J Clin Med 11 (12) - [2022-06-18; online 2022-06-18]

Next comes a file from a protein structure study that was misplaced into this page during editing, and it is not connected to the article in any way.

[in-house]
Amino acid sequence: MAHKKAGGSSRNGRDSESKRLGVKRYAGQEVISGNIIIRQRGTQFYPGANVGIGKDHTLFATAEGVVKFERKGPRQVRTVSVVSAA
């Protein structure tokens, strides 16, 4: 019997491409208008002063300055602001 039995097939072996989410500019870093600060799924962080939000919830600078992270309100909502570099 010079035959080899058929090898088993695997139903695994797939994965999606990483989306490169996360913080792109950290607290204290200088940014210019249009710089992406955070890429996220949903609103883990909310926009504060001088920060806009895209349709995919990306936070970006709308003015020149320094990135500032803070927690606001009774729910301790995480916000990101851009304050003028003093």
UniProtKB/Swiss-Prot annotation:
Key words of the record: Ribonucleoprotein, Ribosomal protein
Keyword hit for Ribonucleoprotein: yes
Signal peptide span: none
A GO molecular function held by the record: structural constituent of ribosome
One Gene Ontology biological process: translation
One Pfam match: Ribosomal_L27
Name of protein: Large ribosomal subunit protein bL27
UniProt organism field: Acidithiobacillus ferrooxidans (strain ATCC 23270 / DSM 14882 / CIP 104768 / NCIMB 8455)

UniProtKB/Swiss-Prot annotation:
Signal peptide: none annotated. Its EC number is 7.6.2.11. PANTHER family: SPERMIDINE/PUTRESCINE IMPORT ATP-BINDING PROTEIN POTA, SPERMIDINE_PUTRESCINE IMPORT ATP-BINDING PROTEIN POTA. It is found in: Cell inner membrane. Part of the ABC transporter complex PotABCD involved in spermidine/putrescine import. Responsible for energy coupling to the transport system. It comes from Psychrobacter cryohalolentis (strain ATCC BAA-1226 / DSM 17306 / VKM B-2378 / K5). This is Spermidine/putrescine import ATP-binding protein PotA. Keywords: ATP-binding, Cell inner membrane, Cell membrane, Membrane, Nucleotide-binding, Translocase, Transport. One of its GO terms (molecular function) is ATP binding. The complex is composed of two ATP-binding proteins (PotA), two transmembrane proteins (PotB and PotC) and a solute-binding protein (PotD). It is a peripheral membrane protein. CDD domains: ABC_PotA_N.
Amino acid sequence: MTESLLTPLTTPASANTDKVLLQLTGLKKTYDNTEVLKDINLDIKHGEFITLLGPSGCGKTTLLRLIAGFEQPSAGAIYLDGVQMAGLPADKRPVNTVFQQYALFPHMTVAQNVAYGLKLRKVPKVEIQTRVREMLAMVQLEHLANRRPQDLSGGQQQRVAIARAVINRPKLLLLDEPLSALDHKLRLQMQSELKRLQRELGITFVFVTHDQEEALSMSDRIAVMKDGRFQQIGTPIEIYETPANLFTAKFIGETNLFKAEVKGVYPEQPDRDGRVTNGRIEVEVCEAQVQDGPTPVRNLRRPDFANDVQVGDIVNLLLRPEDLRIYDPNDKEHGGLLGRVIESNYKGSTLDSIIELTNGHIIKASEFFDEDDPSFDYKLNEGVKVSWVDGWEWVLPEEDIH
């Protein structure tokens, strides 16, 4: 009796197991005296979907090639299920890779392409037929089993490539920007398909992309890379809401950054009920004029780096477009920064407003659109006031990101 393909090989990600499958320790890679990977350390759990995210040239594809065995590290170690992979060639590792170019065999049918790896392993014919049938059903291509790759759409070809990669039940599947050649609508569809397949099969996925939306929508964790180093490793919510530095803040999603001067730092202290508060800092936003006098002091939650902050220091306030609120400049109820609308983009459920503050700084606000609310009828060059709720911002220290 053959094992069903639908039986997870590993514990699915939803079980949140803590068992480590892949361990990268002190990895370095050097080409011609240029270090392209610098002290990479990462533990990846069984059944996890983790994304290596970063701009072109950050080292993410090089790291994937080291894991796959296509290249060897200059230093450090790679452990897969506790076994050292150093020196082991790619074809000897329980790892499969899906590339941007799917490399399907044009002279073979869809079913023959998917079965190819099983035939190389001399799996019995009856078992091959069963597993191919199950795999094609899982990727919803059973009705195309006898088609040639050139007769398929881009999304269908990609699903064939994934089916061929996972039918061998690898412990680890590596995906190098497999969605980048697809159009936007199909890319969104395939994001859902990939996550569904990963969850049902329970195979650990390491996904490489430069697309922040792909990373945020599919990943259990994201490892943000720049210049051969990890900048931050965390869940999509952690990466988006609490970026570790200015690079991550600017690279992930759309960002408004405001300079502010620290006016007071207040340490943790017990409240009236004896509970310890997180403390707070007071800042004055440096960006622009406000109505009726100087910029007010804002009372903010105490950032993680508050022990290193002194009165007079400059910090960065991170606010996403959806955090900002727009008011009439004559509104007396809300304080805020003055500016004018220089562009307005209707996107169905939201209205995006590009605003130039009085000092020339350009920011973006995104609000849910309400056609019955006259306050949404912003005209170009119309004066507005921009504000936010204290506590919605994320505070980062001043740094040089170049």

Individuals who survived coronavirus disease, 2019 (COVID-19), often have symptoms of sensitization, but the extent to which these symptoms relate to serological biomarkers remains unclear. Therefore, this secondary analysis evaluated the association between serological biomarkers at hospital admission with sensitization-associated post-COVID-19 symptoms in a sample of previously hospitalized COVID-19 survivors. Sixty-seven individuals hospitalized due to SARS-CoV-2 infection in one urban hospital of Madrid (Spain) during the first wave of the pandemic were assessed a mean of 6.0 (SD 0.8) months after hospital discharge. The Central Sensitization Inventory (CSI) was used as rough tool to estimate the presence of sensitization-associated post-COVID-19 symptoms (≥40/100 points). Levels of 16 serological biomarkers collected at hospital admission were obtained from medical records. Twenty-four (35.8%) patients reported sensitization-associated post-COVID-19 symptoms (CSI ≥ 40 points). Subjects reporting sensitization-associated symptoms had lower ferritin and hemoglobin levels than those not reporting sensitization-associated post-COVID-19 symptoms; however, these differences were small. We observed significant but small negative associations of the CSI score with ferritin (r: -0.251, p = 0.04) and hemoglobin (r: -0.292, p = 0.017) levels. No other significant difference was found. In conclusion, this secondary analysis did not find significant associations between the investigated serological biomarkers at hospital admission and sensitization-associated post-COVID-19 symptoms at 6 months after hospitalization in COVID-19 survivors.